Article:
Much Louder Than Words
By Rabbi Label Lam
And behold! A man of the Children of Israel came and brought the Midianite
woman near to his brothers before the eyes of Moshe and before the entire
assembly of the Children of Israel; and they were weeping at the entrance
of the Tent of Meeting. Pinchas, son of Elazar son of Aaron the Kohen
stood up from amid the assembly and he took a spear in his hand. He
followed the Israelite man into the tent and pierced them both, the
Israelite man and the woman into her stomach- and the plague was halted
from upon the Children of Israel. Those who died in the plague were twenty-
four thousand. (New Parsha- Parshas Pinchas)) HASHEM spoke to Moshe
saying, “Pinchas son of Elazar son of Aaron the Kohen turned back My wrath
from upon the Children of Israel, when he zealously avenged My vengeance
among them, so I did not consume the Children of Israel with My
vengeance.” (Bamidbar 2:6-11)
Why is the story of the heroism of Pinchas broken into two (Parshios)
parts? Firstly we have the narrative of what happened. Secondly Pinchas is
credited with having halted the plague. He is then awarded the “Peace
Prize” and Kehuna. Why is the account of his action and the “award
ceremony” treated separately?
The Ben Ish Chai told the following parable: A man went on a walk in the
jungle. He was casually strolling along when he noticed that a lion was
stalking him. The man sensed that the ferocious beast was ready to pounce
on him. His heart fell into his stomach. He had no gun or other weapon.
All he had was a walking stick. In desperation he raised the feeble
walking stick he had in his hand and pointed it as a gun with the hope
that it might scare the lion away. In the meanwhile, and unbeknownst to
the man a hunter was behind him in a tree poised with a real rifle. The
lion drew closer to the man with the stick. He took aim as if he was
holding an authentic weapon. Seeing the situation worsening on the ground
the man in the tree took real action and shot the approaching lion in his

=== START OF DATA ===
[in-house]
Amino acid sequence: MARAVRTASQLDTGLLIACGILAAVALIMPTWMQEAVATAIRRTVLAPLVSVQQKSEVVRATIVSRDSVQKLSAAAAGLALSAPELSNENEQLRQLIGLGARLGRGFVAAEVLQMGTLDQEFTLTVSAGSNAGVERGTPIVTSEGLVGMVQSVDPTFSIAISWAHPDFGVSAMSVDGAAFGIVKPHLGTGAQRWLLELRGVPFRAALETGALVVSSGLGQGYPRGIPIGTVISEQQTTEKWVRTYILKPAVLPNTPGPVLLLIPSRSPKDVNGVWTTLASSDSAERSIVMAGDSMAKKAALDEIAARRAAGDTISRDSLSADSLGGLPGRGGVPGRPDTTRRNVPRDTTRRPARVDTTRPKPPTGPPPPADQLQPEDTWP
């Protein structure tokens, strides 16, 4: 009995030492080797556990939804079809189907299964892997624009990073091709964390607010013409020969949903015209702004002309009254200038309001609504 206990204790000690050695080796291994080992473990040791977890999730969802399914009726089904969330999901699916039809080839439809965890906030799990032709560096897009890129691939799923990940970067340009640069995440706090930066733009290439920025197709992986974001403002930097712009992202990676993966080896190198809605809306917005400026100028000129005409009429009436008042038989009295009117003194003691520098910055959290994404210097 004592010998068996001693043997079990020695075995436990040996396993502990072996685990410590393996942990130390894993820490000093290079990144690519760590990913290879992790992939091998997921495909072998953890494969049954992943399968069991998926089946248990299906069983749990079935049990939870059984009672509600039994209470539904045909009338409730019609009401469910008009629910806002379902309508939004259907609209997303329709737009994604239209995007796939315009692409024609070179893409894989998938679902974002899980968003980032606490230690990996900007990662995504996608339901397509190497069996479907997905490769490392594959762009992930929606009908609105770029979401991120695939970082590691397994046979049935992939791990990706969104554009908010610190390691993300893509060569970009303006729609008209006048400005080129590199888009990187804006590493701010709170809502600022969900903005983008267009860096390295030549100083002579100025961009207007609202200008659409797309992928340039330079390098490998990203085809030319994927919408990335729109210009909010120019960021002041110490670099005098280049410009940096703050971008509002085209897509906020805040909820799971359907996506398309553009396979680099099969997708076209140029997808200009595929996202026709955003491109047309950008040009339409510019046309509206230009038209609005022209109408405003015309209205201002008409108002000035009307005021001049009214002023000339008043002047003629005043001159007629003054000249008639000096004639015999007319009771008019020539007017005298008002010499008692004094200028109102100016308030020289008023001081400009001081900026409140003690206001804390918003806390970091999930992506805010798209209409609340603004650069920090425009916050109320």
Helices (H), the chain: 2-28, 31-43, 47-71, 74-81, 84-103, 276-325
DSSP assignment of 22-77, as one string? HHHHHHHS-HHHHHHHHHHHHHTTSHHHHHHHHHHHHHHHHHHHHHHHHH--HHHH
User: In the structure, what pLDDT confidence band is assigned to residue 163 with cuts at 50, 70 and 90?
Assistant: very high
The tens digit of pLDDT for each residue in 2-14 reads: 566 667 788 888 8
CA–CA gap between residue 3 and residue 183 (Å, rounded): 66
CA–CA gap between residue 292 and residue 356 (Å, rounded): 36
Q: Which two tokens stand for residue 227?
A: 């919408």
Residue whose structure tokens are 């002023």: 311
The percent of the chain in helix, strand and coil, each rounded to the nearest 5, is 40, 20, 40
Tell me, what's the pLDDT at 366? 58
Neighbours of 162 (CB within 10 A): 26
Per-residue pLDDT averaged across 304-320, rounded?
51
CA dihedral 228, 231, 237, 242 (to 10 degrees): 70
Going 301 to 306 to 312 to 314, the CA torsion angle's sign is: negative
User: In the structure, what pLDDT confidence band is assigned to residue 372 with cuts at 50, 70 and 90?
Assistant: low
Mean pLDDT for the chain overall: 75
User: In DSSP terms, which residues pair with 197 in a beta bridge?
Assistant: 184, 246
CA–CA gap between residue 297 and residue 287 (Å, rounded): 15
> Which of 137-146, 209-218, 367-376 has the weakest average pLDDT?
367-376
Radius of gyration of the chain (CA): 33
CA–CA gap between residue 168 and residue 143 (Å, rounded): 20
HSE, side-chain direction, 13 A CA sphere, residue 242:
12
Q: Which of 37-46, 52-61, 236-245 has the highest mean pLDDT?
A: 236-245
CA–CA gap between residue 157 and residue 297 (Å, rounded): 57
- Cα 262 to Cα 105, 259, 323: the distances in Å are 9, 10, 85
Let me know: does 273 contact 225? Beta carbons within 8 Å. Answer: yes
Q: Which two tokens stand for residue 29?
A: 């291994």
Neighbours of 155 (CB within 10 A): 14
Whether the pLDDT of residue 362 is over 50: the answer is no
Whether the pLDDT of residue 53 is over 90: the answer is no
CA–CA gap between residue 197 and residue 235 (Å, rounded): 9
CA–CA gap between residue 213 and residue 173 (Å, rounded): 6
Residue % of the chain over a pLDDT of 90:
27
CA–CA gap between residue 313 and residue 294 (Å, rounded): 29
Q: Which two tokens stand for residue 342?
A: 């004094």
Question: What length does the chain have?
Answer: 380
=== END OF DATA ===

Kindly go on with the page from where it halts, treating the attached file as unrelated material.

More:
heart. When the man on the ground observed the lion lying dead before him
he immediately looked at his stick, unable to explain the phenomena in any
other way and began to give credit to his trustworthy loaded walking-
He foolishly bragged aloud that he knew all the time that the stick was
loaded and it was capable of functioning as a real gun. Just then the
hunter descended from the tree and confronted him, “Silly, man do you
really believe that your simple walking-stick can fire a bullet capable of
stopping a charging lion? It’s only a stick. Don’t delude yourself any
longer. It was my rifle that let fly the fatal bullet that spared your
life and it happened just at that moment that you were pointing the stick!”
Here’s a similar and true story. Maybe it’s not nice to play a practical
joke but I couldn’t resist and plus the Doctor has a great sense of humor.
We laugh out loud years later whenever it’s mentioned. We bumped into each
other at a huge wedding and briefly said hello. When it was time to leave
I was walking down the darkened back streets with my son to our car which
was parked a good distance away from the hall.
There was the good Doctor approaching his car too which happened to be
parked right in front of my car. We were a short distance behind him and I
noticed that when he pressed the mechanism on his key chain, the lock of
his car flashed on. I decided to click my automatic key and so my car
lights and locks flashed at the same time. I hunkered down with my son
and we noticed how the Doctor looked curiously at the phenomena. He
blinked his key again and so did I. He was amazed to find that his key was
turning on and off the car behind him. He looked on in wonderment his head
turning back and forth over and over again as his key seemed to be able to
open and close both cars. We laughed together with tears when we finally
revealed ourselves and our little game.
All we know from the first account is that a plague was ravaging the
Children of Israel and a brazen act of impudence was on display. People
were crying and discussing what to do. Only Pinchas took real action.
Suddenly the plague stops. There’s room then for some to be deceived into
thinking that the crying, complaining, and finger pointing saved the day.
Therefore the record is set straight. There can be no room for ambiguity.
What Pinchas did was much louder than words.
DvarTorah, Copyright © 2007 by Rabbi Label Lam and Torah.org.